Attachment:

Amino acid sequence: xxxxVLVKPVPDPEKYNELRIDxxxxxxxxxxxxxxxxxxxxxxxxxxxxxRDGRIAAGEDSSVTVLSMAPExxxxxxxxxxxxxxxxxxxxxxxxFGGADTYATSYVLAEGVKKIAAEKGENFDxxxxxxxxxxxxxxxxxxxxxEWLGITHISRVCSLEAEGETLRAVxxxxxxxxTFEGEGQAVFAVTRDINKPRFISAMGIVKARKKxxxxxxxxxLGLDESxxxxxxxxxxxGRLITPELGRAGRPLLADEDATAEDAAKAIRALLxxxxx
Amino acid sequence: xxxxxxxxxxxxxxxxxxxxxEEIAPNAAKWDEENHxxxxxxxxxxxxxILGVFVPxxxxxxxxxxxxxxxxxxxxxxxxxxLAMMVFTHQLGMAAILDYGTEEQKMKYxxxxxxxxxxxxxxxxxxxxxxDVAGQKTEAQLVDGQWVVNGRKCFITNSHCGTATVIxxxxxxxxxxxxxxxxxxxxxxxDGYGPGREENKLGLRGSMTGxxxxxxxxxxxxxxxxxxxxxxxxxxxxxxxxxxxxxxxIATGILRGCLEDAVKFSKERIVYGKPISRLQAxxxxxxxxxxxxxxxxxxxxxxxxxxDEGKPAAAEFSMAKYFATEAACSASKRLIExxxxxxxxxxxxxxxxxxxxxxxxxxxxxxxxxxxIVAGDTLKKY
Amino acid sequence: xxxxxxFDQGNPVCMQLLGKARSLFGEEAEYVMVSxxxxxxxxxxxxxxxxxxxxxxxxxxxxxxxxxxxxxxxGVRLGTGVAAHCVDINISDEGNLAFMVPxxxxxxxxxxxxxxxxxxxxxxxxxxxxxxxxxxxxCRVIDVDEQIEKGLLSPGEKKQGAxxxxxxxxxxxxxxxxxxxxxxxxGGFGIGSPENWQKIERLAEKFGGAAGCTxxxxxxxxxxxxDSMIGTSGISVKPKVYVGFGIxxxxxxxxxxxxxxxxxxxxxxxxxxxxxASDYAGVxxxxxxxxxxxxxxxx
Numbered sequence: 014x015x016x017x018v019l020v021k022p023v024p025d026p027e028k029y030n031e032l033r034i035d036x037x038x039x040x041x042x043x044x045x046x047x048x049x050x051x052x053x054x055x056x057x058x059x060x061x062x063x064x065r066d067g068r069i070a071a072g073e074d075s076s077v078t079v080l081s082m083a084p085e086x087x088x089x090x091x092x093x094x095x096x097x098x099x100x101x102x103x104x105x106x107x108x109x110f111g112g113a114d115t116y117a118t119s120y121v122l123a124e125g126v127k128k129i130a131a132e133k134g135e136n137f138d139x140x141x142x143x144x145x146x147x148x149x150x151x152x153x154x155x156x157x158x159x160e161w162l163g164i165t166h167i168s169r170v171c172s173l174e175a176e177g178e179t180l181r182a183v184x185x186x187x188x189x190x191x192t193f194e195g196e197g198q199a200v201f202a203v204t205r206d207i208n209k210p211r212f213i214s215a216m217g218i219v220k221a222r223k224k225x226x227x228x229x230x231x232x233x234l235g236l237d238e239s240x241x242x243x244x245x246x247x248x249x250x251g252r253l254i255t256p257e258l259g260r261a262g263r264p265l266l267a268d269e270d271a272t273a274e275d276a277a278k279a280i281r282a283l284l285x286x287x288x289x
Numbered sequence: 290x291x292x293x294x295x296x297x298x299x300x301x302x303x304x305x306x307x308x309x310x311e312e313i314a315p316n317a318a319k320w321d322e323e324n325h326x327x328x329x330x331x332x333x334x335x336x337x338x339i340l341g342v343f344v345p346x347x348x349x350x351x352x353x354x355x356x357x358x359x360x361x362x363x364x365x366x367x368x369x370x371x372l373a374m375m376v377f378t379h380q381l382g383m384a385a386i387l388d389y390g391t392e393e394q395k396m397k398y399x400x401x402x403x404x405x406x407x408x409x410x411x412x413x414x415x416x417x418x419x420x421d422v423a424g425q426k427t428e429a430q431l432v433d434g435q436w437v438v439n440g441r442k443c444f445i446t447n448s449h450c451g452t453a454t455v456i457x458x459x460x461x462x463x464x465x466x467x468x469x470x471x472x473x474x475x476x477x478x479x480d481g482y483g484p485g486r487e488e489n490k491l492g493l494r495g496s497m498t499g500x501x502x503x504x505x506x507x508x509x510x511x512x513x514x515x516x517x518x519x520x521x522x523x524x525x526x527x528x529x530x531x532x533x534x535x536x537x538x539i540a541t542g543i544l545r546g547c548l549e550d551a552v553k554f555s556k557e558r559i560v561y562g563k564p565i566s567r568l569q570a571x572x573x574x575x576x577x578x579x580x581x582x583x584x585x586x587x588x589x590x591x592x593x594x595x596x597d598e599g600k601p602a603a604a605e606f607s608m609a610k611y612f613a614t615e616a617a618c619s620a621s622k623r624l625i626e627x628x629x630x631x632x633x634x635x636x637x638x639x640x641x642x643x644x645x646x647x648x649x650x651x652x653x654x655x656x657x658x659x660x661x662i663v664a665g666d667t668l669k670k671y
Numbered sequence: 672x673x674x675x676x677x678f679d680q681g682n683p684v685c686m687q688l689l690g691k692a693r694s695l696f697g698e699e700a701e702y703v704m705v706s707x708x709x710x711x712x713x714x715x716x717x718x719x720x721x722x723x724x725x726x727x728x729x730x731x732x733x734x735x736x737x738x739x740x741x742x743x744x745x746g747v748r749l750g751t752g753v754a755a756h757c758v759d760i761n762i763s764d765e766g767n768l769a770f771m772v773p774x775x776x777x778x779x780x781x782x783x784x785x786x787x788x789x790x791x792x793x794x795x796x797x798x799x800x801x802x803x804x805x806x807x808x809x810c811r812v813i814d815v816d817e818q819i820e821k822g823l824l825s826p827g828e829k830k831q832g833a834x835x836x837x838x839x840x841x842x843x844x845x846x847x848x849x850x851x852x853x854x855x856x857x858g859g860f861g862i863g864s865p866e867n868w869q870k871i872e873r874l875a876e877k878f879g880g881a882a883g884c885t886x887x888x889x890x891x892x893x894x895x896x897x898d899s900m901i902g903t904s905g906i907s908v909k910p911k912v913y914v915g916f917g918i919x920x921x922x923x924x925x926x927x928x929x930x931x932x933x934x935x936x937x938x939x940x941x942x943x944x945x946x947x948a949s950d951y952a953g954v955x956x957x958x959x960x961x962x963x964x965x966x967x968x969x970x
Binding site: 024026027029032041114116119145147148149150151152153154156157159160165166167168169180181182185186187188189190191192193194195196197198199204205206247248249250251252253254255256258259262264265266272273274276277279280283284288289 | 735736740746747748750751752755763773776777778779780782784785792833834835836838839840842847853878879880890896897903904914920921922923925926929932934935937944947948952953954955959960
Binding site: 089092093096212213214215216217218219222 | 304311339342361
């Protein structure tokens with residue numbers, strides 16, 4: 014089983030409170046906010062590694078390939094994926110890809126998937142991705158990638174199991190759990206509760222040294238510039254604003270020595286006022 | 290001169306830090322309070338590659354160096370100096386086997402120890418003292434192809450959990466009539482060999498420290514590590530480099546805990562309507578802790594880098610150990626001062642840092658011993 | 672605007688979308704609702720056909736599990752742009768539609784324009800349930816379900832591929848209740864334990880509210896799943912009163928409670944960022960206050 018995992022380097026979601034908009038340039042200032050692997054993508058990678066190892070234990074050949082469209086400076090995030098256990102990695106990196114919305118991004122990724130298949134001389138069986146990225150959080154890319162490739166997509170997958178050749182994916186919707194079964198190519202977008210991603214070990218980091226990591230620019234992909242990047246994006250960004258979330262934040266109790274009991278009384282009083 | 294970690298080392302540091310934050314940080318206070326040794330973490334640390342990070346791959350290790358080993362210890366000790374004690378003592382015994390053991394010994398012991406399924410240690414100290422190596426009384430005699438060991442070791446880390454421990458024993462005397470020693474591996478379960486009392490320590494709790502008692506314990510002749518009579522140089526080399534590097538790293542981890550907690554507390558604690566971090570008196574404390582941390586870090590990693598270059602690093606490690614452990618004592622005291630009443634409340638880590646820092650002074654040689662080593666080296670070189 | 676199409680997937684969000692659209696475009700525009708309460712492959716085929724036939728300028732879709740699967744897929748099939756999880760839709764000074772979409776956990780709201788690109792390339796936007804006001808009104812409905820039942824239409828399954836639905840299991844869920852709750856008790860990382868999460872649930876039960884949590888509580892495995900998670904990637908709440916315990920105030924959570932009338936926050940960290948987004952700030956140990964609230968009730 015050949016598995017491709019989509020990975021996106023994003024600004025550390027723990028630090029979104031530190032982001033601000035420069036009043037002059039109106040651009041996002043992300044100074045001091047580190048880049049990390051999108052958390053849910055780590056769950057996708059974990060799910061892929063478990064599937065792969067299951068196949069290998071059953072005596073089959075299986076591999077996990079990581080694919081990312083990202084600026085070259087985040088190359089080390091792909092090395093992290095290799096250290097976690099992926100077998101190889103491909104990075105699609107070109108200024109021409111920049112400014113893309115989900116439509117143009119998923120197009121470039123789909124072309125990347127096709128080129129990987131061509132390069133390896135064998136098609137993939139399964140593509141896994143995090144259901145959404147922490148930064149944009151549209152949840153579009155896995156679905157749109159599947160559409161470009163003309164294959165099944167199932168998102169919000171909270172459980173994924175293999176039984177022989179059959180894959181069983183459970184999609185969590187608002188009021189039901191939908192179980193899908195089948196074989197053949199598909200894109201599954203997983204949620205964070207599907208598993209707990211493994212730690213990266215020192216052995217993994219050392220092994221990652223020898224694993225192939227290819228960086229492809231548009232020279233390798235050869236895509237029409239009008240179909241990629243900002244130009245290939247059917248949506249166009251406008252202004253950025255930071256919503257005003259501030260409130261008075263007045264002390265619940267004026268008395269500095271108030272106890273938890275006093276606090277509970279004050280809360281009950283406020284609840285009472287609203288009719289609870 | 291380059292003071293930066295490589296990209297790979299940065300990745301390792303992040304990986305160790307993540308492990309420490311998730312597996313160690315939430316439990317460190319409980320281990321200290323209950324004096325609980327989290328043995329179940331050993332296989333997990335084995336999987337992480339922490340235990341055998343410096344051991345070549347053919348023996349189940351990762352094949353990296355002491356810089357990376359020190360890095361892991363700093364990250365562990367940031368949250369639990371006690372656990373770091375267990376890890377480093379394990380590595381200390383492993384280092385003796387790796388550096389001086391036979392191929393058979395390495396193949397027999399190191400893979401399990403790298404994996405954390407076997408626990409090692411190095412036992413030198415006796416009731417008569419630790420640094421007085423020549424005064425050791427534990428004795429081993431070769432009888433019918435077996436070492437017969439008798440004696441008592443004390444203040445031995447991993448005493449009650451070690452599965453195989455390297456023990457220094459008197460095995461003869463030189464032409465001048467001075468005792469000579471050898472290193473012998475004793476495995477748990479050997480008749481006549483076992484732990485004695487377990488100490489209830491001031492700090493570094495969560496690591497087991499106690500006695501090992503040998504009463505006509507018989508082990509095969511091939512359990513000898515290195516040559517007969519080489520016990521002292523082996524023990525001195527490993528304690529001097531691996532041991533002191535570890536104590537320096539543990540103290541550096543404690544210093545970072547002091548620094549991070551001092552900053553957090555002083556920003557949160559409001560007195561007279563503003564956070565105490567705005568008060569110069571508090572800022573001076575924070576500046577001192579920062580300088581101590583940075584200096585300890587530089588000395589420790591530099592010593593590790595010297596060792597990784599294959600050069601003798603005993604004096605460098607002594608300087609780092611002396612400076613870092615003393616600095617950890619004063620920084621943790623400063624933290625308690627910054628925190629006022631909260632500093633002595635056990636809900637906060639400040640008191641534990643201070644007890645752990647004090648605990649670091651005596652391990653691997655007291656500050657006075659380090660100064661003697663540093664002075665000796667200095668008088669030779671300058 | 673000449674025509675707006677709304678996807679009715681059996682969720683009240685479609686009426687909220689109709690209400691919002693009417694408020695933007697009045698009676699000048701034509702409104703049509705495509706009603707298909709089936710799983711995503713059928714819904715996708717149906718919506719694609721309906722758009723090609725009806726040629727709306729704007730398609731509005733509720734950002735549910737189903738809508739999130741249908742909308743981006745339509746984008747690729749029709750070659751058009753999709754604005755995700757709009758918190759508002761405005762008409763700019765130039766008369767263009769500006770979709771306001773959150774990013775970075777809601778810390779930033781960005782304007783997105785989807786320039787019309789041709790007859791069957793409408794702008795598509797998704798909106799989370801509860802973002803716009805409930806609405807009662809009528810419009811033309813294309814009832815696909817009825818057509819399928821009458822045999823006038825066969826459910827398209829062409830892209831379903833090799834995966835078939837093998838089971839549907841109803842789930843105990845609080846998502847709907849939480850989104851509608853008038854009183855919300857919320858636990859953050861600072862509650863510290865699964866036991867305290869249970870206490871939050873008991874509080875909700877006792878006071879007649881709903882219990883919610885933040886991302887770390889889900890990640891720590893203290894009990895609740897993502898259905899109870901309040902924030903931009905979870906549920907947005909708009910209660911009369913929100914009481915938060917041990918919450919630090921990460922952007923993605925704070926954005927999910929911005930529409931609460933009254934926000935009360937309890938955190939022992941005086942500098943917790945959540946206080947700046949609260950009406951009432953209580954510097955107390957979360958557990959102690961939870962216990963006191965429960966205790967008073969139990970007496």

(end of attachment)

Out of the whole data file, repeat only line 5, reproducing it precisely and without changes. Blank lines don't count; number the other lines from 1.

Numbered sequence: 290x291x292x293x294x295x296x297x298x299x300x301x302x303x304x305x306x307x308x309x310x311e312e313i314a315p316n317a318a319k320w321d322e323e324n325h326x327x328x329x330x331x332x333x334x335x336x337x338x339i340l341g342v343f344v345p346x347x348x349x350x351x352x353x354x355x356x357x358x359x360x361x362x363x364x365x366x367x368x369x370x371x372l373a374m375m376v377f378t379h380q381l382g383m384a385a386i387l388d389y390g391t392e393e394q395k396m397k398y399x400x401x402x403x404x405x406x407x408x409x410x411x412x413x414x415x416x417x418x419x420x421d422v423a424g425q426k427t428e429a430q431l432v433d434g435q436w437v438v439n440g441r442k443c444f445i446t447n448s449h450c451g452t453a454t455v456i457x458x459x460x461x462x463x464x465x466x467x468x469x470x471x472x473x474x475x476x477x478x479x480d481g482y483g484p485g486r487e488e489n490k491l492g493l494r495g496s497m498t499g500x501x502x503x504x505x506x507x508x509x510x511x512x513x514x515x516x517x518x519x520x521x522x523x524x525x526x527x528x529x530x531x532x533x534x535x536x537x538x539i540a541t542g543i544l545r546g547c548l549e550d551a552v553k554f555s556k557e558r559i560v561y562g563k564p565i566s567r568l569q570a571x572x573x574x575x576x577x578x579x580x581x582x583x584x585x586x587x588x589x590x591x592x593x594x595x596x597d598e599g600k601p602a603a604a605e606f607s608m609a610k611y612f613a614t615e616a617a618c619s620a621s622k623r624l625i626e627x628x629x630x631x632x633x634x635x636x637x638x639x640x641x642x643x644x645x646x647x648x649x650x651x652x653x654x655x656x657x658x659x660x661x662i663v664a665g666d667t668l669k670k671y